Council for Legislative Texts, will introduce the document. It is not yet clear exactly how the Pope intends to expand the use of the Old Rite but there has been speculation that he will oblige every bishop to licence at least a small number of priests to celebrate the Mass. England and Wales were the first countries in the world to be allowed to celebrate the Tridentine Mass –codified by Pope St Pius V in the 16th century at the request of the Council of Trent –after its suppression. An indult was granted in 1971 by Pope Paul VI after a group of English luminaries – including Graham Greene, Kingsley Amis, Agatha Christie, Kenneth Clark, William Rees-Mogg, Malcolm Muggeridge, Ralph Richardson, Cecil Day Lewis and Iris Murdoch – complained to him about the loss to civilisation and culture that the suppression represented. The indult was extended to the whole world in 1984 but was so restrictive that Pope John Paul II approved a third indult in 1989, following the excommunication of the traditionalist Swiss Archbishop Marcel Lefebrvre, who had refused to accept any of the reforms. This called on all bishops to be generous in their provision of the Mass. At the time Cardinal Basil Hume was among leading Western prelates to oppose the easing of any restrictions on the celebration of Mass in the Old Rite. The Tridentine Rite –whose admirers prefer to call it the Classical or Traditional Rite – differs from the new Mass in that it is always celebrated in Latin, with the priest leading the people facing east, the direction from which the Church believes Jesus will appear on the Last Day. The new Masses were conceived with the aims of being more accessible to the faithful and helping the Catholic Church to forge closer bonds with Protestant denominations that
have been holding prayer services in their national languages since the Reformation more than 400 years ago. But critics say they are sometimes banal and permeated with liturgical abuses and innovations which threaten the unity of the Church, as well as distractions such as inappropriate music and dancing. From the outset of his papacy Pope Benedict –who as Cardinal Ratzinger celebrated the Traditional Rite and ordained priests specifically to celebrate it –has made it clear he intends to revive the mystery and the majesty of the Mass. Traditionalists have argued that there is a growing interest in the old Mass, which many worshippers find more beautiful and inspiring than modern liturgies. But liberals are deeply wary because a number of the rite’s adherents are associated with ultra-conservative groups that oppose the radical reforms ushered in by the Council. They are also worried that the move signals the Pope’s growing determination to reinforce conservative doctrines in his battle against the forces of secularism. Pope Benedict, however, has spoken of his wish to achieve a “liturgical reconciliation” in a modern Church riven by factions. He has criticised the post-conciliar liturgical revolutions which he said had caused the Church “enormous harm”. He argued that in some cases congregations were simply celebrating themselves as a community rather than worshipping God. Most English and Welsh bishops have cautiously allowed some Old Rite Masses but seek to control their availability. On November 17 Auxiliary Bishop John Arnold of Westminster will make history when he becomes the first English bishop to celebrate an Old Rite Mass in Westminster Cathedral since the 1960s.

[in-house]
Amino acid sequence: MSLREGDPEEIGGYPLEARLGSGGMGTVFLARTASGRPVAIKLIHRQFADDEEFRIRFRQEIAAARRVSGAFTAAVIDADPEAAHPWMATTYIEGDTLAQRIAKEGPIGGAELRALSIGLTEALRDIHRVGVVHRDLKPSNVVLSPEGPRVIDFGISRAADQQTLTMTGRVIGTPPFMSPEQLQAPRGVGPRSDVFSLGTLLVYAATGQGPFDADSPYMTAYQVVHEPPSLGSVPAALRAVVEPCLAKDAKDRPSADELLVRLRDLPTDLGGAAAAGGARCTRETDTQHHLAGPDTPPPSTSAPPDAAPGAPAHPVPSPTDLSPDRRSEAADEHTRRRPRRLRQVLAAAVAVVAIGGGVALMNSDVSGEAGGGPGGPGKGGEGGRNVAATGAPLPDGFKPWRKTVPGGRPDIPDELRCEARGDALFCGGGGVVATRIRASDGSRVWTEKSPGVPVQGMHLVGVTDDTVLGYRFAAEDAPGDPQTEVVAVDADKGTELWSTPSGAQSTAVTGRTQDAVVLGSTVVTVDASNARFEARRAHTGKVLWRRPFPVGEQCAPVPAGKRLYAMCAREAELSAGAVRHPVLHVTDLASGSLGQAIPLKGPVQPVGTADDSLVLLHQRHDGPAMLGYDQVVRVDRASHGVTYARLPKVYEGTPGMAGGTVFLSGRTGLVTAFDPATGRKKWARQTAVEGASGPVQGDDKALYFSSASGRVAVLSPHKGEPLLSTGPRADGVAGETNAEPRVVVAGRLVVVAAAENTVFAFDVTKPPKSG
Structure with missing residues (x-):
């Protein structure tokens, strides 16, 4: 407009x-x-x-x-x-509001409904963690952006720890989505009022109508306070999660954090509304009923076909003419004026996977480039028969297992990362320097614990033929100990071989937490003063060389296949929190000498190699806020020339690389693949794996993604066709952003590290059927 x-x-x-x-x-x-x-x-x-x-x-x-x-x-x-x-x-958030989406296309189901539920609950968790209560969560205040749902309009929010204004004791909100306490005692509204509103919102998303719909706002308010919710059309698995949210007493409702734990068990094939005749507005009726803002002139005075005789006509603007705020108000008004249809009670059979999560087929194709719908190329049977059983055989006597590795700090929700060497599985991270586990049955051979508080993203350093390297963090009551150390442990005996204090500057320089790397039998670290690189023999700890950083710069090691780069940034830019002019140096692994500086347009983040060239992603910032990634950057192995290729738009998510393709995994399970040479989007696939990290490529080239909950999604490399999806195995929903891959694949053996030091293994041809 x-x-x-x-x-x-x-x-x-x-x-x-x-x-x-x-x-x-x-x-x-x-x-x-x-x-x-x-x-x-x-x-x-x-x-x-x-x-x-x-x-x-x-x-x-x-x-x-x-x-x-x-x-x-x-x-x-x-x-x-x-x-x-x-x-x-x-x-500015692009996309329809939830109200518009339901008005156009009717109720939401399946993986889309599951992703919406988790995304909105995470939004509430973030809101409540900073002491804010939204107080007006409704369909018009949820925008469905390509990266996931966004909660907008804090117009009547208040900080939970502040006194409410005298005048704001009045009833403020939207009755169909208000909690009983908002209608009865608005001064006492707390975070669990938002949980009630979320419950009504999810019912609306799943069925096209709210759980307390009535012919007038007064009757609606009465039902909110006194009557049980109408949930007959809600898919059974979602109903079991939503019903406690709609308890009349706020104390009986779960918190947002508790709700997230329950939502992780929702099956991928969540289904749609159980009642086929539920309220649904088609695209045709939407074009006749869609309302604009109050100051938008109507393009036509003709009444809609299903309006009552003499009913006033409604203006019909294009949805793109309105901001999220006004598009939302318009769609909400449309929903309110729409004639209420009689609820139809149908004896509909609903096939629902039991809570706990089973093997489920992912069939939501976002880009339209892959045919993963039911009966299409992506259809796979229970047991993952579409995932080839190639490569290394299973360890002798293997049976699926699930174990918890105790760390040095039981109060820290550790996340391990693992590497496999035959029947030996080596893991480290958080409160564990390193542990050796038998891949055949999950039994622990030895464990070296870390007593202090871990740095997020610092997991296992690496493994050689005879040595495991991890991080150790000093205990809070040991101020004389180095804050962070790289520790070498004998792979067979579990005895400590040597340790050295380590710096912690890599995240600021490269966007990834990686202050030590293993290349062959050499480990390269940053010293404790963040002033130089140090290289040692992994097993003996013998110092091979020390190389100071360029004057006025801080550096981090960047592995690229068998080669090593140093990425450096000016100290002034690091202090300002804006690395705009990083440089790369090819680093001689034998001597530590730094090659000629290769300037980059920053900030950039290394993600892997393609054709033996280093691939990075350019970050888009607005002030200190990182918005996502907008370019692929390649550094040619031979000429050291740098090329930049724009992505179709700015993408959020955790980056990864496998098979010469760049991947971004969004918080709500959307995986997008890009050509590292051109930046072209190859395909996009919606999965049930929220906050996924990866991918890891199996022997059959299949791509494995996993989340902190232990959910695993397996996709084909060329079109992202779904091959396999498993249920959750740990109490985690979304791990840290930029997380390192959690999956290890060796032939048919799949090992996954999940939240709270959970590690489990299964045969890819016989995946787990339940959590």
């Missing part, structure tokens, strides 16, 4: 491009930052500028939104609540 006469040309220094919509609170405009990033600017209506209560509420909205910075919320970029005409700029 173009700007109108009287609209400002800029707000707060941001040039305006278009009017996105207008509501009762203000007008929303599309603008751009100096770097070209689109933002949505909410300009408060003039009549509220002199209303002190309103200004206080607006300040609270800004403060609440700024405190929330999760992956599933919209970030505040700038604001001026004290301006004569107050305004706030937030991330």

Editorial comment: Page 11
Cardinal Cormac Murphy-O’Connor believes the motu proprio is unnecessary PA
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Papal preacher cancels Medjugorje retreat after local bishop complains
Don’t forget this smile!